Getting your budget back on track: 5 ways to recover from the summer splurge

Summer excitement have you overspending? Follow these tips to be budget-ready for fall.

Lazy days and warm nights. Beachside dining, boardwalk strolling. Surf, sun, and fun. Vacation. It’s summertime, and the living is easy.

Sticking to your budget, on the other hand? Let’s be honest. Not always so easy.

The warmer weather can bring just the relief you’re looking for after a cold winter and busy spring, but it can also turn up the heat on your wallet if you’re overspending on impulse buys and getaways. By the time fall and pumpkin spice lattes arrive, you may have your work cut out for you to get your budget back on track.

It's easy to get financially off track in the summer, but you can get your budget back on track

If the lazy days of summer took a toll on your finances, you need a plan for turning things around. Here are some ways to get back on track with your budget when you’ve been blown off course:

1. Say goodbye to overspending

The first step to getting your budget back on track after a binge of summer splurging is to pump the brakes on spending. At least temporarily.

Holly Weidman, a former personal finance blogger focused on budgeting and saving, says the key to kicking your summer overspending habits is finding a way to make cutting back fun. Yep, you heard right … fun.

If eating out has been a sore spot in your summer budget, for example, she suggests challenging yourself and your family to eat only what’s in the house for a week. You can live frugally by focusing on your own kitchen, and you’ll get to clean out the pantry while you’re at it. Bonus: You may find some new creative meals and find that you actually enjoy cooking at home as you get your budget back on track.

Getting your budget back on track can start with something as simple as eating at home more.

Finding ways to stay entertained at home is another way to curb your spending impulses and get back on track with your budget.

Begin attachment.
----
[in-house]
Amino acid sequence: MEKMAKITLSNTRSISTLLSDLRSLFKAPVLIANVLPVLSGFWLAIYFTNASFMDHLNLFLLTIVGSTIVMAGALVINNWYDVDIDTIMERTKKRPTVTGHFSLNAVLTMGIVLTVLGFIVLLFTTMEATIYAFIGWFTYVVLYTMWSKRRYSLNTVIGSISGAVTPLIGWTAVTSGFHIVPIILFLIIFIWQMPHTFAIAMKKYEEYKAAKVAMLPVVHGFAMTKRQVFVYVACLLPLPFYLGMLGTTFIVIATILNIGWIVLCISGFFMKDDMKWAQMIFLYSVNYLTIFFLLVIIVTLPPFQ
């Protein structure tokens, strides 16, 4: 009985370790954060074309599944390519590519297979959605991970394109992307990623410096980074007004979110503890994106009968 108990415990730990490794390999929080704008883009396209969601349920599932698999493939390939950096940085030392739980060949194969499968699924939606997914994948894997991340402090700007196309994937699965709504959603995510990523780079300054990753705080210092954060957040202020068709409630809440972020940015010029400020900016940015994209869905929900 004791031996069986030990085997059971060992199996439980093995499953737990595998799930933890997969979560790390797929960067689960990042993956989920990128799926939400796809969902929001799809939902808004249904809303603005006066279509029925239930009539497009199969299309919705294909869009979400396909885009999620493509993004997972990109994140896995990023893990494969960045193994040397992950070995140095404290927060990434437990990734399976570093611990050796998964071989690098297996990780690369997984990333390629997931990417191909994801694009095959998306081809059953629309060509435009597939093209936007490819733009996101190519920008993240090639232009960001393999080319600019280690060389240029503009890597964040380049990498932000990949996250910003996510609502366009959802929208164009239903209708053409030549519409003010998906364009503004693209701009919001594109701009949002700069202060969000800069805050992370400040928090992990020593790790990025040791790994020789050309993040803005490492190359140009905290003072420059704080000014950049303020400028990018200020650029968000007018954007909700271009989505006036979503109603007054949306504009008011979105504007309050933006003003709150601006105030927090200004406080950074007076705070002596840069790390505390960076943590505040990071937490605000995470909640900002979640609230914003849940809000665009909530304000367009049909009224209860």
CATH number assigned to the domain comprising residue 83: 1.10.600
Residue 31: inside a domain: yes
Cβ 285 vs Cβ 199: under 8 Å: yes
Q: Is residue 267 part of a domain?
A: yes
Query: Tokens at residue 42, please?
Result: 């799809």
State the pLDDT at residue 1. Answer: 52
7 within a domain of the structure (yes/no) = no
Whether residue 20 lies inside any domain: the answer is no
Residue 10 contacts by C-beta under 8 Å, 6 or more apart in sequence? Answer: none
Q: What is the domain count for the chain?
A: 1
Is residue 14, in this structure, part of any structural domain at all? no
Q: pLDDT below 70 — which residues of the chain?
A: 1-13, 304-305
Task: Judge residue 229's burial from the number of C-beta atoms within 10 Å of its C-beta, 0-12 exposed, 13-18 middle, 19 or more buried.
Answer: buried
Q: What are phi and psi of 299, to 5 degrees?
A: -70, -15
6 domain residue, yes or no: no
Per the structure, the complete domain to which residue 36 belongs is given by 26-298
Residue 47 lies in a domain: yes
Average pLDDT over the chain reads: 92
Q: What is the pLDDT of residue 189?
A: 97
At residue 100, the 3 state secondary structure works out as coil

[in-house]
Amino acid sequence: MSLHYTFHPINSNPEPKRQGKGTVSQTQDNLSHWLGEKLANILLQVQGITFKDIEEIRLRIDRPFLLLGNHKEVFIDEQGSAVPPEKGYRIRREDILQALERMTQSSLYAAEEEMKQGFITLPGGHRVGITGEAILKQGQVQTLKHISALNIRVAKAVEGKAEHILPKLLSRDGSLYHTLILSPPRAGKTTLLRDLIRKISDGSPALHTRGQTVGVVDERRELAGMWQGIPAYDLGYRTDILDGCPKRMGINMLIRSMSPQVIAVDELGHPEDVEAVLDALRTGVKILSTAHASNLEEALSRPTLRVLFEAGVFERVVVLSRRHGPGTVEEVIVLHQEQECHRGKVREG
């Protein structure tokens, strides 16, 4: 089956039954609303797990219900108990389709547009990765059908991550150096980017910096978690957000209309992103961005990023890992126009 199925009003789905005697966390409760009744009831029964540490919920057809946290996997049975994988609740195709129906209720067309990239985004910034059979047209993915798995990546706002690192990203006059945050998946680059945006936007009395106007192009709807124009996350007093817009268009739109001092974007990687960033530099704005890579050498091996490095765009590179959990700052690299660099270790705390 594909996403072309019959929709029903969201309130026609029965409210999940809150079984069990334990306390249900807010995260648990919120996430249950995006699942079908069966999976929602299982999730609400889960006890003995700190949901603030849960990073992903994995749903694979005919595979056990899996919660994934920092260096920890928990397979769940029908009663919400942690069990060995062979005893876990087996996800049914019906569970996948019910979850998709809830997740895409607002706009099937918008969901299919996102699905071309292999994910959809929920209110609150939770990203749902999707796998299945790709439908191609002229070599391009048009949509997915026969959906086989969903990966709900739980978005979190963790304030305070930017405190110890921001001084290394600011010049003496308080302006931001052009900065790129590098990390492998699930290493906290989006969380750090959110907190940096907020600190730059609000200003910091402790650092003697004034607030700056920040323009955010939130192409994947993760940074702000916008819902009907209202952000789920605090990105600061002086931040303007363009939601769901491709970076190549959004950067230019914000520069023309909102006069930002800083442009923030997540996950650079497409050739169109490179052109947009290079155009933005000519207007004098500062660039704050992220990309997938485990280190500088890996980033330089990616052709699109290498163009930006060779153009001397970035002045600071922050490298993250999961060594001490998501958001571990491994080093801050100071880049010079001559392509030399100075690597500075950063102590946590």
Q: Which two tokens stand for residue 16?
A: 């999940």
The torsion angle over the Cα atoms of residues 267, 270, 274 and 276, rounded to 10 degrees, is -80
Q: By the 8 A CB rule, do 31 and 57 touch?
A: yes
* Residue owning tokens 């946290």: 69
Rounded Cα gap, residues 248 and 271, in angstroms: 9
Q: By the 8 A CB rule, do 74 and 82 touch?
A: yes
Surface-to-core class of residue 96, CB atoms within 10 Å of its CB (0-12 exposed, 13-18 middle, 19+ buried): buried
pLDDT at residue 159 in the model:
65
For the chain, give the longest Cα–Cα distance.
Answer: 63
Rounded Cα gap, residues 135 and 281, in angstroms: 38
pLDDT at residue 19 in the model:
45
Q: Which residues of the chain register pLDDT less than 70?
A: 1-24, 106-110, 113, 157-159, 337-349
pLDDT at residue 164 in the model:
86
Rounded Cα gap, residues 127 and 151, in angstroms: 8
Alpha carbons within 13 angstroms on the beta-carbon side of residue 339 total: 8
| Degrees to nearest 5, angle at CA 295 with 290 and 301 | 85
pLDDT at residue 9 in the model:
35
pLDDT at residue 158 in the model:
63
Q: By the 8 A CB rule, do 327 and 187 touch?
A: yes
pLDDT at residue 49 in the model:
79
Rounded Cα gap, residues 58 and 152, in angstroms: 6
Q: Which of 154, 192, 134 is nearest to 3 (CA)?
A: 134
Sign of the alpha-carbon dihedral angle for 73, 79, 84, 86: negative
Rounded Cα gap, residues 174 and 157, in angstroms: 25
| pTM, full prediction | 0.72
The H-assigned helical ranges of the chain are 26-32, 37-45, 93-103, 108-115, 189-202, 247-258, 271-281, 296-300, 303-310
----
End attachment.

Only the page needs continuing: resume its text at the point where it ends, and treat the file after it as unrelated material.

“Plan an in-house game night, and forgo going out,” Weidman says, and consider inviting friends over to join in so you don’t feel like you’re missing out.

2. Get back to basics with budgeting

During the summer months, new spending categories may creep into your budget. You might need new beach gear to hit the sand. Updating your outdoor furniture or grill may be a priority. Or you may be spending on pricey convenience foods if a busy schedule has you running all over the place. That can be problematic if you’re not making time for regular check-ins to see where your money is going.

“Not being able to adjust our budget on-the-go, in real time, is our greatest downfall,” Weidman says. “If your budget is written down at home, in a drawer or in a planner, it’s essentially an ‘out of sight, out of mind’ problem.”

She says that what often happens is people get caught up in doing fun things over the summer and pay less attention to what they’re spending. That can spell trouble if they’re not keeping an eye on their credit card balances or monitoring what’s going in and out of their bank accounts as closely as they normally would. As summer winds down, they may be surprised at just how much they’ve spent.

“To take a truly fresh look at your budget, consider every line item and ask yourself, ‘can this expense be eliminated or lowered?'”

Amy Westbrook, money coach

To help you get back on track with your budget, Weidman recommends using apps to help you manage your money.

“This way, you can carry your budget with you at all times,” she says.

Budgeting apps that sync with your checking account or credit cards can record purchases automatically. You can group your purchases into categories to see at a glance which summer expenditures might be dragging you down. Having that information conveniently at hand can help you get your budget back on track.

3. Add up the debt damage

Swiping your credit card to cover summer travel or picking up the tab for dinner and drinks with friends at your favorite rooftop hangout can easily add up. Totaling up your balances at the end of summer may be a bit painful, but it’s an important step in getting your budget back on track.

Charles Tran, founder of a credit card comparison and financial education website, says that if you’re juggling multiple debts, you need a plan of attack for handling them as you get your budget back on track.

His recommendation? Use the snowball method to relieve the heat you may be feeling from summer credit card debt.